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University Of Chicago Prepares To Sell Yerkes Observatory In Williams Bay

Residents Hope To Preserve Gilded Age Landmark For Science Education

The Yerkes Observatory telescope lens is 40 inches in diameter, the largest refracting telescope ever built.
The Yerkes Observatory’s 40-inch telescope was the largest refracting telescope ever built. The University of Chicago no longer uses the observatory for teaching and research, and is selling the 77-acre facility. John ‘K’ (CC BY-NC-ND)

It’s one of the largest telescopes in the world open to the public. But access to the night sky at Yerkes Observatory on Geneva Lake is slated to end Oct. 1, for now.

The University of Chicago announced in March it was closing Yerkes, a 19th century relic known as the birthplace of modern astrophysics.

Since then, the university has fielded proposals from prospective buyers interested in this Gilded Age landmark set on 77 bucolic acres in Williams Bay. Williams Bay Village President Bill Duncan said the university is keeping the village involved in the process.

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“As I’ve visited with some of the university folks, I think there’s a real recognition of the historical value of Yerkes, and it’s partly in their DNA. I don’t think they just want to see it crumble,” Duncan said. “But they do have to move on, and reduce their operating costs there.”

University of Chicago Vice President for Civic Engagement and External Affairs Derek Douglas said the university is trying to strike a balance so that everyone walks away with something. He said residents of Williams Bay have stressed that they don’t want a high-density development to replace the observatory, such as condos or a hotel.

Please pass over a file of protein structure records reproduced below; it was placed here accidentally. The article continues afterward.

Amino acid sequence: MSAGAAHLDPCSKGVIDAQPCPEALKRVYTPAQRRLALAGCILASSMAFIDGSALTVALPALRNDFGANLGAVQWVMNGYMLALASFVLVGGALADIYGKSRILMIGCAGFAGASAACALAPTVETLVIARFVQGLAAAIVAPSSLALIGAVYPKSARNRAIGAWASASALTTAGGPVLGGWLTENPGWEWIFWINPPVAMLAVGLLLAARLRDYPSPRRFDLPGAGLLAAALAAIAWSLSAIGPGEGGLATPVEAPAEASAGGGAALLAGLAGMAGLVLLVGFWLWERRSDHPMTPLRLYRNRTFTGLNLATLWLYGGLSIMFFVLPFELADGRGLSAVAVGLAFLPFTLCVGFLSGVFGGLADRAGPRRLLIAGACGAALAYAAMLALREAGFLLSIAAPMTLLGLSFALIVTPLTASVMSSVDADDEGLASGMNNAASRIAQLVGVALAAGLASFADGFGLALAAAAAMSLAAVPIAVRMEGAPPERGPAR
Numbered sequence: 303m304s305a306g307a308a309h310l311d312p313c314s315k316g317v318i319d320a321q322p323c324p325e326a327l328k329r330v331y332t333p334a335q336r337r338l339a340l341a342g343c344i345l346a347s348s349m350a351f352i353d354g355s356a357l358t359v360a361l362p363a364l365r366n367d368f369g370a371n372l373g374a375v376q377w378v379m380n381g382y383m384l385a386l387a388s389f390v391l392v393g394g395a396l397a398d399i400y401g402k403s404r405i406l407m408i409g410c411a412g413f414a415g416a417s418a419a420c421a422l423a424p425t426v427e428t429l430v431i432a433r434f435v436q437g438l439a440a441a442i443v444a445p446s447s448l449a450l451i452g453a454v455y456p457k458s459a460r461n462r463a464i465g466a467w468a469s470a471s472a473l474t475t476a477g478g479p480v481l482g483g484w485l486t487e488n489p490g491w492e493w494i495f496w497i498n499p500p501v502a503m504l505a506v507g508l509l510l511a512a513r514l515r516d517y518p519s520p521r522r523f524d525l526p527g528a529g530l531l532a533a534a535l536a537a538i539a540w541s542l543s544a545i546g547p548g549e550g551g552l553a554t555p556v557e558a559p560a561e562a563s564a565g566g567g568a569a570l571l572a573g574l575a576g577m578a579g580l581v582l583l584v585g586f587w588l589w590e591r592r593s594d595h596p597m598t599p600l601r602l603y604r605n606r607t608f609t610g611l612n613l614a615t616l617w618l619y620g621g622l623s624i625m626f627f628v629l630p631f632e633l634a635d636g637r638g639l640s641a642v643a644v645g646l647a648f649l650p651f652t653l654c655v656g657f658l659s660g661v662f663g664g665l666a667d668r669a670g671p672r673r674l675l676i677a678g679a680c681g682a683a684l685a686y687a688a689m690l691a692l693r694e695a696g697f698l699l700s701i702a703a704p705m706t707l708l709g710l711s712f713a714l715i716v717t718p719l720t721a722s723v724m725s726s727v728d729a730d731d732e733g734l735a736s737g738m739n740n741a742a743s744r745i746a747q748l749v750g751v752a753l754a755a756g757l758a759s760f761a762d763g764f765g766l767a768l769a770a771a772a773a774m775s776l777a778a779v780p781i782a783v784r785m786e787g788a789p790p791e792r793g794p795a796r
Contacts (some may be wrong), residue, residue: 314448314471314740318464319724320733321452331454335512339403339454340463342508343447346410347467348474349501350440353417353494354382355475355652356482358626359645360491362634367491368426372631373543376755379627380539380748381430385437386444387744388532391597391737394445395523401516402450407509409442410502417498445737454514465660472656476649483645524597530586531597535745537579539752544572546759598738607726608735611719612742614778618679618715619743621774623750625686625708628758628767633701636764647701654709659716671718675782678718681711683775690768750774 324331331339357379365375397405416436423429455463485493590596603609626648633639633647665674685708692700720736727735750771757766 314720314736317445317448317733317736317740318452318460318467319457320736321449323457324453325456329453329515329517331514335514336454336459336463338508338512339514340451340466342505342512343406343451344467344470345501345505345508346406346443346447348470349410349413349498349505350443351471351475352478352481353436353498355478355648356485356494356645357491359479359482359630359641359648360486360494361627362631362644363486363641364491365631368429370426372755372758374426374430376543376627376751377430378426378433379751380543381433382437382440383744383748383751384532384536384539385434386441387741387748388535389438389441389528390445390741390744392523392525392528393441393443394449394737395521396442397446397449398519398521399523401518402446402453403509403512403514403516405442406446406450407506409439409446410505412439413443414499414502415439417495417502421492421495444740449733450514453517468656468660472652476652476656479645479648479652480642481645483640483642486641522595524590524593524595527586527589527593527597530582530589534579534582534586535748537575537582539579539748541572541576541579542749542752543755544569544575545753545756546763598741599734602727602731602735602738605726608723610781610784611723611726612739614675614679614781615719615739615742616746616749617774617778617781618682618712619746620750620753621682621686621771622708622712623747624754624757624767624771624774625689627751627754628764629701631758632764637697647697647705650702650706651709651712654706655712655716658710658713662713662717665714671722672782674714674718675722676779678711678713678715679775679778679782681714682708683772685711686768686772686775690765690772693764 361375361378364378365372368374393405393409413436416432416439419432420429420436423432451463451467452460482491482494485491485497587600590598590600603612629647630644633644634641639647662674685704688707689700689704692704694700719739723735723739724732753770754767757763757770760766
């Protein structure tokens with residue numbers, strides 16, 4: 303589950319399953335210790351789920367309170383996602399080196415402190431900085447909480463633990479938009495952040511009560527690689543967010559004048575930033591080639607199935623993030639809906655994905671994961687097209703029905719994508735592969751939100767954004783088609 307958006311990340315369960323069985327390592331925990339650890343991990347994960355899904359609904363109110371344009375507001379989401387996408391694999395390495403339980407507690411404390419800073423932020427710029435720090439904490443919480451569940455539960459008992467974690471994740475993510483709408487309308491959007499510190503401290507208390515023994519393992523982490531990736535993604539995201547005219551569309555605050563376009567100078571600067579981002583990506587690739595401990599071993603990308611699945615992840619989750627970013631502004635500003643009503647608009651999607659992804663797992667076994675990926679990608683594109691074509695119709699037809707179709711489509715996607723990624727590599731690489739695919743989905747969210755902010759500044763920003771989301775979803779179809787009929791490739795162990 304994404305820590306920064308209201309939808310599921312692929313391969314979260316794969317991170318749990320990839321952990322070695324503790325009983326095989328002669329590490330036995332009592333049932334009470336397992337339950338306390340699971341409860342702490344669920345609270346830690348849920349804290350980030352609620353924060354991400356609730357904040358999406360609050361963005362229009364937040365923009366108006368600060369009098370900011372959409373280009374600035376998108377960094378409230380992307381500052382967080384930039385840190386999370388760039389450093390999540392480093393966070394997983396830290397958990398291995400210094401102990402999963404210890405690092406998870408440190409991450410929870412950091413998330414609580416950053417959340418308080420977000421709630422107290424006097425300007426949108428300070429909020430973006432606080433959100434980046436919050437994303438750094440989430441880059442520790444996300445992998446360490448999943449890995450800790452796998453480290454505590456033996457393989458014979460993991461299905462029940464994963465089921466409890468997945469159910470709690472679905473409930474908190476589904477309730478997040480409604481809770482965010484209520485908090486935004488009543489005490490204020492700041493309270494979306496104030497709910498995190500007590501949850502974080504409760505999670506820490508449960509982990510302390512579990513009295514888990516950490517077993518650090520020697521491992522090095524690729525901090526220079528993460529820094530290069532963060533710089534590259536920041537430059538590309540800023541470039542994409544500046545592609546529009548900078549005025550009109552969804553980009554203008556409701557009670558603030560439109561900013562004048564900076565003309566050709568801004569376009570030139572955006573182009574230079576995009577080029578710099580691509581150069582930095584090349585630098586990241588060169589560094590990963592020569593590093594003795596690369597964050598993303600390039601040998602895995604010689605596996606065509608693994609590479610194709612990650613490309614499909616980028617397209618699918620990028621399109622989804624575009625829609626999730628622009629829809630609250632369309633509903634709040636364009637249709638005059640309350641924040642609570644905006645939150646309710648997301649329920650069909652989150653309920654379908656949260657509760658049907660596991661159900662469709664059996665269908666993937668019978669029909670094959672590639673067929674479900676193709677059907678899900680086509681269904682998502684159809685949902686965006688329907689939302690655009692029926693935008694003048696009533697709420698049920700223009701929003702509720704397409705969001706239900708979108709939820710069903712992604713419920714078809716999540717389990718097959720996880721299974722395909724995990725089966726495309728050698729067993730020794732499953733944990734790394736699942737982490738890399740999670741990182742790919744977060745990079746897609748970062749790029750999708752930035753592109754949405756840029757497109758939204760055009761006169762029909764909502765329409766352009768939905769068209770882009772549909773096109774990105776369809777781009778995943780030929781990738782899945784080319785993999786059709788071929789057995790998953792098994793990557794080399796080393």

“They want to very much try to protect and preserve some of the elements of Yerkes, particularly some of the educational programs,” Douglas said.

The 40-inch telescope’s dome includes a movable floor, which allows the telescope to swing and point at various objects high or low in the sky. The university will continue to offer tours through the end of September.

Hundreds of village residents turned out to a town hall meeting in May, and the university collected dozens of comment cards on what to do with the ornate observatory, once home to Nobel laureates.

Williams Bay has about 2,600 residents. Duncan said it’s not feasible for the village to pass a $20 million referendum to purchase and maintain the observatory.

“We can’t expect the residents of Williams Bay to carry this. We may play a part, but it has to be other folks, other organizations,” Duncan said.

The University of Chicago plans to meet with the village board later this month to present options. The university’s activities at Yerkes will end Oct. 1 and Douglas said it’s not clear if a plan for new ownership will be in place before then.

“The goal and plan was always to try to have something resolved by Oct. 1. It wasn’t a guarantee. We knew that. The town knows that,” Douglas said. “I know there’s a lot of anxiousness in the town to have some sense of what’s going to happen by that date.”

The university created a “Yerkes Updates” website, where it posts about the process. The deadline for submitting an “expression of interest” was June 15, but the university said it reserves the right to consider offers on a rolling basis.

The university tried to close and sell the observatory once before in 2005, but it suspended those plans after strong opposition from local residents.

Editor’s note: This story was updated at 8:45 a.m., July 9, 2018.